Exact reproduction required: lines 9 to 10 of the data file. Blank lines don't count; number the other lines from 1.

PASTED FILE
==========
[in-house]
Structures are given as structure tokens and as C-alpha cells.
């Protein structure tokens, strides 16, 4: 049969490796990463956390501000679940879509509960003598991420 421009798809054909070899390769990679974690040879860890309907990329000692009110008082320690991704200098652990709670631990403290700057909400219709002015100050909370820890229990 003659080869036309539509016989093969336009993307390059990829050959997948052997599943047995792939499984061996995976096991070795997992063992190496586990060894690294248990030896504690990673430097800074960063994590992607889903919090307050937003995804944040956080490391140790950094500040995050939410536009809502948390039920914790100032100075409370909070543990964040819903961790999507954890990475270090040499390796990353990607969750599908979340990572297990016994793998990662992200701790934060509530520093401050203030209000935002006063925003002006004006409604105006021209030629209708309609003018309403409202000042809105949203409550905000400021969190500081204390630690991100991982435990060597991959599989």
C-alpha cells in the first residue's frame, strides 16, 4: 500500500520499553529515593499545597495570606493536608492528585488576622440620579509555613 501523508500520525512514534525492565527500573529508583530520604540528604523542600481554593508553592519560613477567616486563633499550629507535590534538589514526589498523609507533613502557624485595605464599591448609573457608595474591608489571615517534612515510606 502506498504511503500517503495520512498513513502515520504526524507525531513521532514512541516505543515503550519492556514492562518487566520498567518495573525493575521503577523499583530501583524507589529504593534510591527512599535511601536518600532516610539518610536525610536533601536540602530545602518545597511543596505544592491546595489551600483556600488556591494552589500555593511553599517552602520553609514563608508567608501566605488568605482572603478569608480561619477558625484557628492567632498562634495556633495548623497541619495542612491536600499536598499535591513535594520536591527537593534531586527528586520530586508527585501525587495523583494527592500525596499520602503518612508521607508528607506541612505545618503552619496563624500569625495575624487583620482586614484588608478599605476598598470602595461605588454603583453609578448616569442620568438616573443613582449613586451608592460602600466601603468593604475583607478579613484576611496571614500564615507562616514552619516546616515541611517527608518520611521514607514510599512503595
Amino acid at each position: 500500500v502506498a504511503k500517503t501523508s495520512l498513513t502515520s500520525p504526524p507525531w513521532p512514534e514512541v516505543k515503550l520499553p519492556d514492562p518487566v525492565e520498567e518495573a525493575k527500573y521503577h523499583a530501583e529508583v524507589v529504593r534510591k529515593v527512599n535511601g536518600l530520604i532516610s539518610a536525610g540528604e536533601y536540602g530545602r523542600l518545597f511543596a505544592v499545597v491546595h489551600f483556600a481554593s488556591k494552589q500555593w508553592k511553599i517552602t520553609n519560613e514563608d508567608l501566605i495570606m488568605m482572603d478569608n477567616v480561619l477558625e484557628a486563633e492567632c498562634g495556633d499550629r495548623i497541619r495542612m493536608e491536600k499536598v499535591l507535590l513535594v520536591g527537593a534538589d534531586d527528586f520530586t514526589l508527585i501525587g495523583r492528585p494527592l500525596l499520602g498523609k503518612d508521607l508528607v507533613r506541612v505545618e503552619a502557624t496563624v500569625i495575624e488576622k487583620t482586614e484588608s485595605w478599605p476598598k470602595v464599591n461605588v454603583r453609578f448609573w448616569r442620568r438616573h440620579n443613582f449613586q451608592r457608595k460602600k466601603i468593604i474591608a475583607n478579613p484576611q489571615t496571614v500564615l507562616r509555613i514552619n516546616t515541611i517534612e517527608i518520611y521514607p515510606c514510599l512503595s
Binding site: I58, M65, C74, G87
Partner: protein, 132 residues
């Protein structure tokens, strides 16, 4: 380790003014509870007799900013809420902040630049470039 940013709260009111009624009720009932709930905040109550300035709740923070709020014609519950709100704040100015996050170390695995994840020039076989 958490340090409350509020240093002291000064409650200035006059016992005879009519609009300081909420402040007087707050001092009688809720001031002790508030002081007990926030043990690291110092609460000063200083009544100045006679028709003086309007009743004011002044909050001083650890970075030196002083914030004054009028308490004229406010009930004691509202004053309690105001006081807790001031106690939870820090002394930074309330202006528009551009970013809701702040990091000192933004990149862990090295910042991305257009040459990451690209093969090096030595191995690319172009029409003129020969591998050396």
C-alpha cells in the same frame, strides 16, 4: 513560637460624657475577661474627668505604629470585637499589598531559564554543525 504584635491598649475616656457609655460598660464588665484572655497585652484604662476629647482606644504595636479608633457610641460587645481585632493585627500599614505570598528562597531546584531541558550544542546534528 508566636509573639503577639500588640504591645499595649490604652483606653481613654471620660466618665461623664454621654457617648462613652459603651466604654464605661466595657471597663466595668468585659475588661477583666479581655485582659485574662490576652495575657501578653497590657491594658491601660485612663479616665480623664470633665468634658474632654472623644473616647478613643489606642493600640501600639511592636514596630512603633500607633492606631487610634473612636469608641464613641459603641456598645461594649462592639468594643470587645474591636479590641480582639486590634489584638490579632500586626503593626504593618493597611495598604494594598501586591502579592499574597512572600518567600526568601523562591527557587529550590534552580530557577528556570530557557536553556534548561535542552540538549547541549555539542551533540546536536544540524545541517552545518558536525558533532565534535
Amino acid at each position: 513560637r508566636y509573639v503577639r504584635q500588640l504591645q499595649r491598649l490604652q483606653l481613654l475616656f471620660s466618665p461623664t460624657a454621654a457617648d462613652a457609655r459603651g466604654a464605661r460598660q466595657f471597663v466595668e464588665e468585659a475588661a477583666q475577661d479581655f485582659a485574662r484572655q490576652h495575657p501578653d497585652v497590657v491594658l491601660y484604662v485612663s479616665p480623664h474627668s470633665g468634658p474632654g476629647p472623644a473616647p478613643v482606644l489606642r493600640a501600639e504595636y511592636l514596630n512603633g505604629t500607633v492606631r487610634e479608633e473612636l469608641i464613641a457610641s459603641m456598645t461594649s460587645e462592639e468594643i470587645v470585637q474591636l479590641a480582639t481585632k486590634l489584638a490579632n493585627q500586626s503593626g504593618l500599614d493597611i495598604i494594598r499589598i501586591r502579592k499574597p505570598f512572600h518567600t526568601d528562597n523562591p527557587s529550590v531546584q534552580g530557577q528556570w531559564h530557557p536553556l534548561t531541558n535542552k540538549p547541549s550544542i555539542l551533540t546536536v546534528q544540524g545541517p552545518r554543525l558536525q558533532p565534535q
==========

C-alpha cells in the same frame, strides 16, 4: 513560637460624657475577661474627668505604629470585637499589598531559564554543525 504584635491598649475616656457609655460598660464588665484572655497585652484604662476629647482606644504595636479608633457610641460587645481585632493585627500599614505570598528562597531546584531541558550544542546534528 508566636509573639503577639500588640504591645499595649490604652483606653481613654471620660466618665461623664454621654457617648462613652459603651466604654464605661466595657471597663466595668468585659475588661477583666479581655485582659485574662490576652495575657501578653497590657491594658491601660485612663479616665480623664470633665468634658474632654472623644473616647478613643489606642493600640501600639511592636514596630512603633500607633492606631487610634473612636469608641464613641459603641456598645461594649462592639468594643470587645474591636479590641480582639486590634489584638490579632500586626503593626504593618493597611495598604494594598501586591502579592499574597512572600518567600526568601523562591527557587529550590534552580530557577528556570530557557536553556534548561535542552540538549547541549555539542551533540546536536544540524545541517552545518558536525558533532565534535
Amino acid at each position: 513560637r508566636y509573639v503577639r504584635q500588640l504591645q499595649r491598649l490604652q483606653l481613654l475616656f471620660s466618665p461623664t460624657a454621654a457617648d462613652a457609655r459603651g466604654a464605661r460598660q466595657f471597663v466595668e464588665e468585659a475588661a477583666q475577661d479581655f485582659a485574662r484572655q490576652h495575657p501578653d497585652v497590657v491594658l491601660y484604662v485612663s479616665p480623664h474627668s470633665g468634658p474632654g476629647p472623644a473616647p478613643v482606644l489606642r493600640a501600639e504595636y511592636l514596630n512603633g505604629t500607633v492606631r487610634e479608633e473612636l469608641i464613641a457610641s459603641m456598645t461594649s460587645e462592639e468594643i470587645v470585637q474591636l479590641a480582639t481585632k486590634l489584638a490579632n493585627q500586626s503593626g504593618l500599614d493597611i495598604i494594598r499589598i501586591r502579592k499574597p505570598f512572600h518567600t526568601d528562597n523562591p527557587s529550590v531546584q534552580g530557577q528556570w531559564h530557557p536553556l534548561t531541558n535542552k540538549p547541549s550544542i555539542l551533540t546536536v546534528q544540524g545541517p552545518r554543525l558536525q558533532p565534535q